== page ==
Brown finished the 1941 season in Brooklyn, then moved on to the Boston Red Sox in 1942. He had a great season in 1943, posting a 2.12 ERA in 49 games, throwing a total of 93.1 innings. He spent 1944-45 serving in the Navy, then returned for one more season with the Red Sox before retiring. Brown pitched a total of 262 games with the Pirates, 55 as a starter. He threw 852.2 innings, winning 55 games, saving another 29 and posting a 3.67 ERA. In his four seasons after leaving the Pirates, he pitched only in relief, making another 125 appearances in which he picked up 21 wins and 19 saves.

Steve Pegues, outfielder for the 1994-95 Pirates. He was originally a first round draft pick of the Tigers in 1987, taken 21st overall. He spent five seasons in the Tigers organization, eventually getting to Triple-A in his last season, where he struggled at the plate. He was picked up by the Padres on waivers, playing two years at Triple-A until he was cut at the end of Spring Training in 1994. Less than a week later, he signed with the Reds. Pegues was called up to make his Major League debut on July 6th, walking in a pinch-hit appearance. It was an odd start for him, since his main problem in the minors was his inability to take walks. In his minor league career he took 122 walks in 3,661 plate appearances. After eleven games, in which he went 3-for-10 at the plate, Pegues was released by the Reds and immediately picked up by the Pirates.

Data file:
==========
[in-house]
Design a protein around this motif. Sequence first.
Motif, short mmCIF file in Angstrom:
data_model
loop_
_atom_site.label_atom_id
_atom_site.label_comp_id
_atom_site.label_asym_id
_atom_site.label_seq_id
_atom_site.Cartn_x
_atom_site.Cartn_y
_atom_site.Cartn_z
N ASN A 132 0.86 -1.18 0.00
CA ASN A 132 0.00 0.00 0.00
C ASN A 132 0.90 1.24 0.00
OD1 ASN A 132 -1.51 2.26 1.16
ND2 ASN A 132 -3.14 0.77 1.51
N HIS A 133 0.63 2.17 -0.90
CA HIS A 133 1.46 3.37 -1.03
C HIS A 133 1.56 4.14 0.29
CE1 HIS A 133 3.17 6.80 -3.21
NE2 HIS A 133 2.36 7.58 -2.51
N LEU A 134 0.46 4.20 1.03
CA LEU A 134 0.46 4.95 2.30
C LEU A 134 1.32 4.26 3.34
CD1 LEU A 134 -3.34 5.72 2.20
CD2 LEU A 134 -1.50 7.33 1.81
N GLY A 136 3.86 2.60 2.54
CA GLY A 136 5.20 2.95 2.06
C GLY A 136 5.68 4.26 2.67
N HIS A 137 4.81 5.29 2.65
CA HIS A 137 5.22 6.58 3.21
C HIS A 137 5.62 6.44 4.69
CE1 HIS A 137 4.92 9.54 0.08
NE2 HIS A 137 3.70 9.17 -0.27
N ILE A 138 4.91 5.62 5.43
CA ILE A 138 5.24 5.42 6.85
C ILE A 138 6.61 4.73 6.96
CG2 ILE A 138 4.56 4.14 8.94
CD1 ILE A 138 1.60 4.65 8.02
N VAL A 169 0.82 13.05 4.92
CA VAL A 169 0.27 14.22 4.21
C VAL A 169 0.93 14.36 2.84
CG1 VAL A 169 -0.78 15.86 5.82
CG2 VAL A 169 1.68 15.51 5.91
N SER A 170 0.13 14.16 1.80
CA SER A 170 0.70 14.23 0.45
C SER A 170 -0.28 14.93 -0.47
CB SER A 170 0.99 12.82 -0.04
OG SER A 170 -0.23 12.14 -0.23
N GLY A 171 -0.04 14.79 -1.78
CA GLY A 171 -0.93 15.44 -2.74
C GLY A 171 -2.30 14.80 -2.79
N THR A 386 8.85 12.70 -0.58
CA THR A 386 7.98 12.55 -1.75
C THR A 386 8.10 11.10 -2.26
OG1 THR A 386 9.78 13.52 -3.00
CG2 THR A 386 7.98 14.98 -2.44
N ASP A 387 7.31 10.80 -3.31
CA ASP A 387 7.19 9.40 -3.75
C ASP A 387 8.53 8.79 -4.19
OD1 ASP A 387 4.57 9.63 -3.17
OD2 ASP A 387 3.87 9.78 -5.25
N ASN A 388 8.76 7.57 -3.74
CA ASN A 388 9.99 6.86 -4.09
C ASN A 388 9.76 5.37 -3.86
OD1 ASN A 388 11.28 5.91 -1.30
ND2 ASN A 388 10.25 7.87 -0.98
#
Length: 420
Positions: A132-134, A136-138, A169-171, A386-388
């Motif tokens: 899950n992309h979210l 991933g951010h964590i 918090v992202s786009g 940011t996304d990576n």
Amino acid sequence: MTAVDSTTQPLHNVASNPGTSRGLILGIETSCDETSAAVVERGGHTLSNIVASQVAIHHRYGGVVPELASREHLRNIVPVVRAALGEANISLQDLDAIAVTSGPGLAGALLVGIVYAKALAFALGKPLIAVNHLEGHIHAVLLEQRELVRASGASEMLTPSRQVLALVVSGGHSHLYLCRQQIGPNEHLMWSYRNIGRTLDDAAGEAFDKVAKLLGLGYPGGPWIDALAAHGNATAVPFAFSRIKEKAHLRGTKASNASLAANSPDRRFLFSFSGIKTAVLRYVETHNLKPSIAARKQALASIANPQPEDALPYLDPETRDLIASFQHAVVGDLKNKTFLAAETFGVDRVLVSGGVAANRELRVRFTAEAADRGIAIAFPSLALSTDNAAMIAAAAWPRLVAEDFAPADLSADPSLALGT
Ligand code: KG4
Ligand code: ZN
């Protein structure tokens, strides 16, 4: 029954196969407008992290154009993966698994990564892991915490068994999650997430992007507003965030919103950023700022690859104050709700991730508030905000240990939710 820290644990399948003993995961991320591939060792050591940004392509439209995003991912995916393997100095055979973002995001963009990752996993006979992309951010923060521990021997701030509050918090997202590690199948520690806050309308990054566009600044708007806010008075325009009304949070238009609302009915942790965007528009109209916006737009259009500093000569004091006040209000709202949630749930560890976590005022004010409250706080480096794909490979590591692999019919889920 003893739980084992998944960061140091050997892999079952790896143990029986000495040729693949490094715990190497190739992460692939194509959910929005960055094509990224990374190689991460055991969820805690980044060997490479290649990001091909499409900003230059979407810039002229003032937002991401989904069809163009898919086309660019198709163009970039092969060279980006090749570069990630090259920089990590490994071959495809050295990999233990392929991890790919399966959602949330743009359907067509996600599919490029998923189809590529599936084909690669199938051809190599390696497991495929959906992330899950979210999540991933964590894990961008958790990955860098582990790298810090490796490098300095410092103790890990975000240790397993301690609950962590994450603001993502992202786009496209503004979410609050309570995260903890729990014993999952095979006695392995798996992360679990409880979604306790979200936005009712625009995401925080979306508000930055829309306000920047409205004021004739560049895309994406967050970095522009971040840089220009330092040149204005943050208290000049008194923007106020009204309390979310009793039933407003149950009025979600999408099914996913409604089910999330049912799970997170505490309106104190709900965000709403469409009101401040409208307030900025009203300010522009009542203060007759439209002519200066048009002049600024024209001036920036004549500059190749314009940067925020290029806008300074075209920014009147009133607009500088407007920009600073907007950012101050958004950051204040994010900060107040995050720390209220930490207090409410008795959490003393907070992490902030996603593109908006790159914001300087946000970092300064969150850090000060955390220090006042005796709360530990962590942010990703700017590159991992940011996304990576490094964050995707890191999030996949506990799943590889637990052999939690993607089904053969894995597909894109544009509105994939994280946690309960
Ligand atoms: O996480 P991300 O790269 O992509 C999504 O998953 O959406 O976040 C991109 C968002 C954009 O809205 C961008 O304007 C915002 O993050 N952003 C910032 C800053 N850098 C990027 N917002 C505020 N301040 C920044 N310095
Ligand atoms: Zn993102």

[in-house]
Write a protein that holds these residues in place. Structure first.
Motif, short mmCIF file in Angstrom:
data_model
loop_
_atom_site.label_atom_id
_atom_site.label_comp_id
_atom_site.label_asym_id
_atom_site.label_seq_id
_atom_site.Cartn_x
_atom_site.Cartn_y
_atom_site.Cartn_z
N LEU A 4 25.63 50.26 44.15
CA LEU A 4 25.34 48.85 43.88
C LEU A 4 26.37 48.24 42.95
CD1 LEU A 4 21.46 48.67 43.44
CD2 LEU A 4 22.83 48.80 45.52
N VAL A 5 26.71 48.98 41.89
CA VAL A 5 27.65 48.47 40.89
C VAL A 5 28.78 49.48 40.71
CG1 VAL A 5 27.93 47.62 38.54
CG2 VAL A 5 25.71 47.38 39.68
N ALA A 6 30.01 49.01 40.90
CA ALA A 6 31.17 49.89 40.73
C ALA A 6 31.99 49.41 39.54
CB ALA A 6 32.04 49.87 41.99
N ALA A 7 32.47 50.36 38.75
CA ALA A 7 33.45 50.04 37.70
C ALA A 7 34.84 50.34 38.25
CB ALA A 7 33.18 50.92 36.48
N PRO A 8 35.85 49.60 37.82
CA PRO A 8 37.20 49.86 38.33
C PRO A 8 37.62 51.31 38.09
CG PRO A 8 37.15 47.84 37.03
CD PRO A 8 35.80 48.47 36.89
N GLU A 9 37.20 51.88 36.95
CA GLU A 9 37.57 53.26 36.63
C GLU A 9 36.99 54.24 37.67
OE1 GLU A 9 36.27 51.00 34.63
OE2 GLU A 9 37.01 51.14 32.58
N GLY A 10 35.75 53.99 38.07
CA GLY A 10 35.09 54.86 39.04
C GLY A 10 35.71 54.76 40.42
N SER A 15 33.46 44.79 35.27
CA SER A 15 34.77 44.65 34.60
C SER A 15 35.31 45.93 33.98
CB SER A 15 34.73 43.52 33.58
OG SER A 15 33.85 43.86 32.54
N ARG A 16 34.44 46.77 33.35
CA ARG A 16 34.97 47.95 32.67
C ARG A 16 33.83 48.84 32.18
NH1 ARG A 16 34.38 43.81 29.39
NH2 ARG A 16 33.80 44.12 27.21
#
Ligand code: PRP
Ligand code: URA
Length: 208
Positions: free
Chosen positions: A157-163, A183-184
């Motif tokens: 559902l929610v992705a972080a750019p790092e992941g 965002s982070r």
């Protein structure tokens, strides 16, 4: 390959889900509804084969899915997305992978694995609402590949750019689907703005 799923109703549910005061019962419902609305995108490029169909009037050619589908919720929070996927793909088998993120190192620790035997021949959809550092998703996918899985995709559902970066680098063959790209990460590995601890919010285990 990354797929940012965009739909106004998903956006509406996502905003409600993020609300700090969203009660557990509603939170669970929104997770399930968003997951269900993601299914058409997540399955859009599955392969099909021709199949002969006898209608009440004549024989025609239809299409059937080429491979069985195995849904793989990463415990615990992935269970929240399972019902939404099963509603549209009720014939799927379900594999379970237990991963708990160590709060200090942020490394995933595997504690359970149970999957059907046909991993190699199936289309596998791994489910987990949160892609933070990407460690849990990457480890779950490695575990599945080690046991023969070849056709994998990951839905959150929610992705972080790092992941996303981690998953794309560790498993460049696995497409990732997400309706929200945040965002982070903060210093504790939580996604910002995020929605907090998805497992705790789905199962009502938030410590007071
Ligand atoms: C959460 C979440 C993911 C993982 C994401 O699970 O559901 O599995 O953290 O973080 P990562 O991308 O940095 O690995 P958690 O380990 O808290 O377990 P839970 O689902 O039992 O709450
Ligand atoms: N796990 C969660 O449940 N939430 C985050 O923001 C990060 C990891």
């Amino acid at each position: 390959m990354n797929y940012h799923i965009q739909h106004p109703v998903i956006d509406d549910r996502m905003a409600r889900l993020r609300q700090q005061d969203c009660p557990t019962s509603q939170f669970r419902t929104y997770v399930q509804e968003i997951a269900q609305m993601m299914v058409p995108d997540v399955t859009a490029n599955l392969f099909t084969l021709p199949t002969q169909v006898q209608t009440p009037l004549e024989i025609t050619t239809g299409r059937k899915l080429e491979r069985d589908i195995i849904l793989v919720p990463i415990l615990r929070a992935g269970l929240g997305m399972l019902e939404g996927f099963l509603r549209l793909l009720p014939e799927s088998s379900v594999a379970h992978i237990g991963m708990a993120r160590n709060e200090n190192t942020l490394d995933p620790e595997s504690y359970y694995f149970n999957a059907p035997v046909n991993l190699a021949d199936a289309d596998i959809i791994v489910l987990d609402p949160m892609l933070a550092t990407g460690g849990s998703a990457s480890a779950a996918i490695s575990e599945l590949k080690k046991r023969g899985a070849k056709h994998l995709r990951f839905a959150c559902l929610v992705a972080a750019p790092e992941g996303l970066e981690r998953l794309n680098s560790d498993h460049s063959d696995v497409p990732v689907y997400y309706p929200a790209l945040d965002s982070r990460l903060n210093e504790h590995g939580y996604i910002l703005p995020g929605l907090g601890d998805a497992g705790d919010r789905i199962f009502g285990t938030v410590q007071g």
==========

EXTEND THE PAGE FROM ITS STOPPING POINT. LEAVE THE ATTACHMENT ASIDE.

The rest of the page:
In his first game in Pittsburgh, he collected three hits, including a game-tying, two-out single in the bottom of the ninth inning, in a game eventually won by the Pirates in ten innings. His rookie season was interrupted by the strike that wiped away the end of the 1994 schedule. He hit .361 in 36 at-bats between his two stops. Pegues spent the entire 1995 season on the Pirates roster, getting into 82 games. He split his time between the two corner outfield spots and pinch-hitting. He batted .246 with six homers and 16 RBIs in 171 at-bats. The Pirates released him after the season ended. He would end up playing three more years in the minors before retiring, spending time with seven different teams during those last three years.